Bill would ban sale of 90% of firearms in Washington, gun group warns

"The bottom story is they don’t want guns in the state of Washington," a Gun Owners of America regional director said. "Their whole motive is to disarm everybody from any weapon they want to have."

Published: March 16, 2023 4:40pm

Updated: March 16, 2023 11:00pm

(The Center Square) -

The Washington Senate Law & Justice Committee is scheduled to vote next week on House Bill 1240 creating a state definition of “assault weapon,” which the Gun Owners of America, or GOA, says would apply to most firearms.

One of the reasons is due to the definition of assault weapons in the bill. Although the bill specifically lists 62 rifles by name "regardless of which company produced and manufactured the firearm," the ban also applies to any semi-automatic rifle with a barrel length less than 30 inches. The gun barrel is the section of a firearm between the action and the muzzle.

Because of this and other firearm restrictions in the bill, GOA Regional Director Monte Bowen told The Center Square that an estimated 90% of firearms would be illegal to sell and purchase. Due to the bill's grandfather clause, it would also be eventually illegal to own them.

"The bottom story is they don’t want guns in the state of Washington," he said. "Their whole motive is to disarm everybody from any weapon they want to have."

The bill’s intent language states that all weapons that fall underneath the definition of “assault weapons” are “like M-16s, thus are ‘weapons most useful in military service.'”

Speaking on March 8 during debate over HB 1240, Rep. Joel McEntire, R-Cathlamet said to colleagues on the House floor “what does it mean to be ‘like’ an M-16?” A military veteran, McEntire added that “there’s nothing in here that gives a strict definition. It is a rat’s nest of interpretation.”

Bowen said that “the thing people don’t realize is…the real definition of an assault in the military is a fully automatic weapon. We can’t even own those weapons, but their law [HB 1240] goes into so much more. The way they wrote it up, it even gets into commonly used hunting rifles. Most hunting rifles, most of your sporting rifles are 26 inches [barrel length] and down.”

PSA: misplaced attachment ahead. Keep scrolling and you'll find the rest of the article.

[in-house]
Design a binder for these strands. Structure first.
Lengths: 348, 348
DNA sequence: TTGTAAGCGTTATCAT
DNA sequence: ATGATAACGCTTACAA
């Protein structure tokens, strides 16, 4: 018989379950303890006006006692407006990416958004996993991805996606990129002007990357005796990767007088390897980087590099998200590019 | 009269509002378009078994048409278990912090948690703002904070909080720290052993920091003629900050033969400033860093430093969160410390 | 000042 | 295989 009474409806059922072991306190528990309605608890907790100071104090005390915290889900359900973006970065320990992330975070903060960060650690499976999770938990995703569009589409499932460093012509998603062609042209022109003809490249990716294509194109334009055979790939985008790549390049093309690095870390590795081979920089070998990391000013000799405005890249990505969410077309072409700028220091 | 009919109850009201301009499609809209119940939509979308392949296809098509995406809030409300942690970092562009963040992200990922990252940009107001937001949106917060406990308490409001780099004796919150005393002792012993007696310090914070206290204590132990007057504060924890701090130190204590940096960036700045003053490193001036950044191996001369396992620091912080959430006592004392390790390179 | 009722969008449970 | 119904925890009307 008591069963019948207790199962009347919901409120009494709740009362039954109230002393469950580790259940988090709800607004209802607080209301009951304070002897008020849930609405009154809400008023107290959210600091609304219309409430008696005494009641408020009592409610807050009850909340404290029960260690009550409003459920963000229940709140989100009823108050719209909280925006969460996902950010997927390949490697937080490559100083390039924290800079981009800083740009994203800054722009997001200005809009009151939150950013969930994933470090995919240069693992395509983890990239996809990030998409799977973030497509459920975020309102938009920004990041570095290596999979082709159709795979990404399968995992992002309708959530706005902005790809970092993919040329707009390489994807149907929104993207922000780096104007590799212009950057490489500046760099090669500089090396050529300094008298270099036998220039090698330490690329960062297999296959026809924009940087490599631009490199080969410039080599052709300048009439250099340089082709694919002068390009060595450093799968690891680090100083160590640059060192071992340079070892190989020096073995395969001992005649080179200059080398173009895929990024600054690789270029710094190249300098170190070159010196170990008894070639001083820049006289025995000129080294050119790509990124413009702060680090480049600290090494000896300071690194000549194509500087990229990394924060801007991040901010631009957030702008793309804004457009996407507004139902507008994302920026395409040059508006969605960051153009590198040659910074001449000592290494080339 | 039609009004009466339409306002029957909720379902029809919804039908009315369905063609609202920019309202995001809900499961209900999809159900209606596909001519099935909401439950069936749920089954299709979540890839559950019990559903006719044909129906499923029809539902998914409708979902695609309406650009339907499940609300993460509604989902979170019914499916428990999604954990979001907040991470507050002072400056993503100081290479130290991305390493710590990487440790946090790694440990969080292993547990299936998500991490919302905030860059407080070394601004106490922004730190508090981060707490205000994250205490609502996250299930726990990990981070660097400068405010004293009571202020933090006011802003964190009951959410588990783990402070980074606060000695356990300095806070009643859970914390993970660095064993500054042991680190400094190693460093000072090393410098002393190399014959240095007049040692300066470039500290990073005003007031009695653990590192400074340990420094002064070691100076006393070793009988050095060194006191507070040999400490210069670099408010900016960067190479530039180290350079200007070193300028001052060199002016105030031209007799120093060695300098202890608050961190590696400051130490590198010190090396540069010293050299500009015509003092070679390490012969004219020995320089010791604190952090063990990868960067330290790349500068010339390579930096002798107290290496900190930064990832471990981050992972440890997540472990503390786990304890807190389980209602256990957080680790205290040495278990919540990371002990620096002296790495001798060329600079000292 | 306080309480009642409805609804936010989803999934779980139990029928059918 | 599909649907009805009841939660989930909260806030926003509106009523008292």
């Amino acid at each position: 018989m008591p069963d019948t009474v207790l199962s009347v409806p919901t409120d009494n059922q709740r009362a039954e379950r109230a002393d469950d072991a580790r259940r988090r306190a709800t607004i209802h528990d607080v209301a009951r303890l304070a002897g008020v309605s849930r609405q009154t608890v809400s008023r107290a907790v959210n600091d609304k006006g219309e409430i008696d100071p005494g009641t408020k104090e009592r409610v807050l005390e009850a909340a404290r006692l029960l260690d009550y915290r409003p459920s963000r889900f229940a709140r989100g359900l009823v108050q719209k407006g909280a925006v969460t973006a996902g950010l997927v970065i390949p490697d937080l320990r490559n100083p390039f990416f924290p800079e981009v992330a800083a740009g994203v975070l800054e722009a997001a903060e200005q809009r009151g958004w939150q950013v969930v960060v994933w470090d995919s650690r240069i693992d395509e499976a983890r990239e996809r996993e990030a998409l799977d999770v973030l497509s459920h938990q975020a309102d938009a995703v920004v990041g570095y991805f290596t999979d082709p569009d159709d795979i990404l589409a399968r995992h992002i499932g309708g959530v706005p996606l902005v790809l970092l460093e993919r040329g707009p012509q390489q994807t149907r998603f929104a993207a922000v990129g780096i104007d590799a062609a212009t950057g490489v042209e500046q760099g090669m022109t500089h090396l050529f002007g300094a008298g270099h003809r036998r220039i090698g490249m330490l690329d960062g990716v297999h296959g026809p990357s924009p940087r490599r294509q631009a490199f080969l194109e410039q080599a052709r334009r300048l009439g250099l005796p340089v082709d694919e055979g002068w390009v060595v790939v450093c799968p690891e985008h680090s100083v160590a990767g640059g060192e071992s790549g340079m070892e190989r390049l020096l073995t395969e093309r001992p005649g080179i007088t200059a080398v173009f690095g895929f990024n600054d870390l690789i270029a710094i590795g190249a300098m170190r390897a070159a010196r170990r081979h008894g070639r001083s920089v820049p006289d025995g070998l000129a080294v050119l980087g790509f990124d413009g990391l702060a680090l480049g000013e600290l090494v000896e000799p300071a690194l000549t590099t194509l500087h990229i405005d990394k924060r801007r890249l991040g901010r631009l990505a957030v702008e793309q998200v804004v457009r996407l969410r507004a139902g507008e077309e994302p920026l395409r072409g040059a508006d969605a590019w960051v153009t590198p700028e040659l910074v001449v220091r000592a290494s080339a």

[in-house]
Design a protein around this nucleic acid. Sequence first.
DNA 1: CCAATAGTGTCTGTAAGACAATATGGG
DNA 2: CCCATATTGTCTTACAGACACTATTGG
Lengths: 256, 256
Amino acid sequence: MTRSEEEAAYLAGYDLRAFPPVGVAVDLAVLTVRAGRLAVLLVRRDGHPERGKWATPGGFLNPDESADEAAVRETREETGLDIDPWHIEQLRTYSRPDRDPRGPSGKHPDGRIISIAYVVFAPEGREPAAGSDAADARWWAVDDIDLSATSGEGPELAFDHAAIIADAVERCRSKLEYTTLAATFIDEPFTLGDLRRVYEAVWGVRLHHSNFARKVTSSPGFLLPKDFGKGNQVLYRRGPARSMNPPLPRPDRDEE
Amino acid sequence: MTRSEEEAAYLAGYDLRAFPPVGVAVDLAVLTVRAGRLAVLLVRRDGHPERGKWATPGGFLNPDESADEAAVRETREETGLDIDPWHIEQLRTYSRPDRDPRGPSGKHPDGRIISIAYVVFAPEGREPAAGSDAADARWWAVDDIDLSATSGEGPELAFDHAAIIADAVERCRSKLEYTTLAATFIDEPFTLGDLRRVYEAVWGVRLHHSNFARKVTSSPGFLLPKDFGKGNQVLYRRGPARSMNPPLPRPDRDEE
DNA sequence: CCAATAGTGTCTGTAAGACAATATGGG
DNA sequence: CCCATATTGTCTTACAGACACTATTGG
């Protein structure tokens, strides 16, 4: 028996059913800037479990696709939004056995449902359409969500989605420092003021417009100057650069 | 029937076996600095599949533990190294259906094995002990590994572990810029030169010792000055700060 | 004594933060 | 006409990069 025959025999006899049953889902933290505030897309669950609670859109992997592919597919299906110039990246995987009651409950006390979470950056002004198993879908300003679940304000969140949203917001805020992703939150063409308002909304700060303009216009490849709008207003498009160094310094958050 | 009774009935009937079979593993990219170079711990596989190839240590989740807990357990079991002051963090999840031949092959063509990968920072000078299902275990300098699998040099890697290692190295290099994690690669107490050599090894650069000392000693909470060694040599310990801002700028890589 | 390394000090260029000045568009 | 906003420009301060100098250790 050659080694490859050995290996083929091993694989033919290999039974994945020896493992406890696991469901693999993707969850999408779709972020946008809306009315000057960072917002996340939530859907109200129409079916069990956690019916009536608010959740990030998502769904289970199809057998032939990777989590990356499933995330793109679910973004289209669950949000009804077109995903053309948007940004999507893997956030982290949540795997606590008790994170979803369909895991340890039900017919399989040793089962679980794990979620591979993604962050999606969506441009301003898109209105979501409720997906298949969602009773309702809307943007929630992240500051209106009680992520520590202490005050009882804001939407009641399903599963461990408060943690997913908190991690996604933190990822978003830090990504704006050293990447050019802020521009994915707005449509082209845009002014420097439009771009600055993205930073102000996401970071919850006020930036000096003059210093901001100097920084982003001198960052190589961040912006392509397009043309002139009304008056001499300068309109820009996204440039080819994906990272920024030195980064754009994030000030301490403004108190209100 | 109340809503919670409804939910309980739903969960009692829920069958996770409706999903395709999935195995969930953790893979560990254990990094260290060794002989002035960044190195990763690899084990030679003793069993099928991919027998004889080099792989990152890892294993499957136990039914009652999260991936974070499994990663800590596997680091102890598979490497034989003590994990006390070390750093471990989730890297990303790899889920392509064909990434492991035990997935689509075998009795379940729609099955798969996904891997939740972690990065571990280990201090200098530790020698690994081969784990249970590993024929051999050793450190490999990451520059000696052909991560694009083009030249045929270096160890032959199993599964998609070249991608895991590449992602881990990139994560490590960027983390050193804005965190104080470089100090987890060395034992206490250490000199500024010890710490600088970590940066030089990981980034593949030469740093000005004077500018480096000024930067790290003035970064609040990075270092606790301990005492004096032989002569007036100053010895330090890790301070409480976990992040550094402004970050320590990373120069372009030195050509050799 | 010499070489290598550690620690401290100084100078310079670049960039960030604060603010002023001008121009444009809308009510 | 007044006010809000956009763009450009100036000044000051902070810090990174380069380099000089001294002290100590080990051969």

According to Rifle Shooter magazine, most rifles are between 21-24 inches, and anything longer than 26 inches is “uncommon.”

The bill's definition of "assault weapon" includes rifles with the capacity to use a magazine with 10 or more rounds, regardless of caliber size. HB 1240 also prohibits pistols with a threaded barrel that allows for the use of a suppressor, also regardless of caliber size.

The bill’s intent section states that “assault weapons are not commonly used in self-defense and that any proliferation is not the result of the assault weapon being well-suited for self-defense, hunting, or sporting purposes.”

However, Rep. Dan Griffey, R-Allyn, told colleagues during the March 8 House floor debate that statement “is factually inaccurate. They’re very used in sporting activities. Many of the weapons on that list are very well suited as hunting rifles.”

While the bill’s intent section says that “gun violence is a threat to the public health and safety of Washingtonians,” rifles are used in a fraction of murders in Washington state. According to data from the Washington Association for Sheriffs and Police Chiefs, between 2015-2021 there were 1,593 murders. Of those, just 20 or 1% were committed with a rifle. Fists and feet were used to kill 108 or 6.7% of victims. The most used weapon was a handgun, which was used in 415 or 28% of murders.

On average, almost half (48%) of murders occurred at a residence, and 61% of victims were known by the perpetrator.

The proposed law would also prohibit a wide of variety of gun accessories, including a thumbhole stock, an open section of a rifle butt that allows the user better grip.

Other accessories prohibited include: folding stock, recoil compensator, a shroud to shield the user’s hand from barrel heat, and a grip that is “conspicuously beneath the action of the weapon.”

"The Supreme Court is going to have to pull the trigger and make an example," Bowen said.

The state Senate Law & Justice Committee is scheduled to vote on the bill on March 23.

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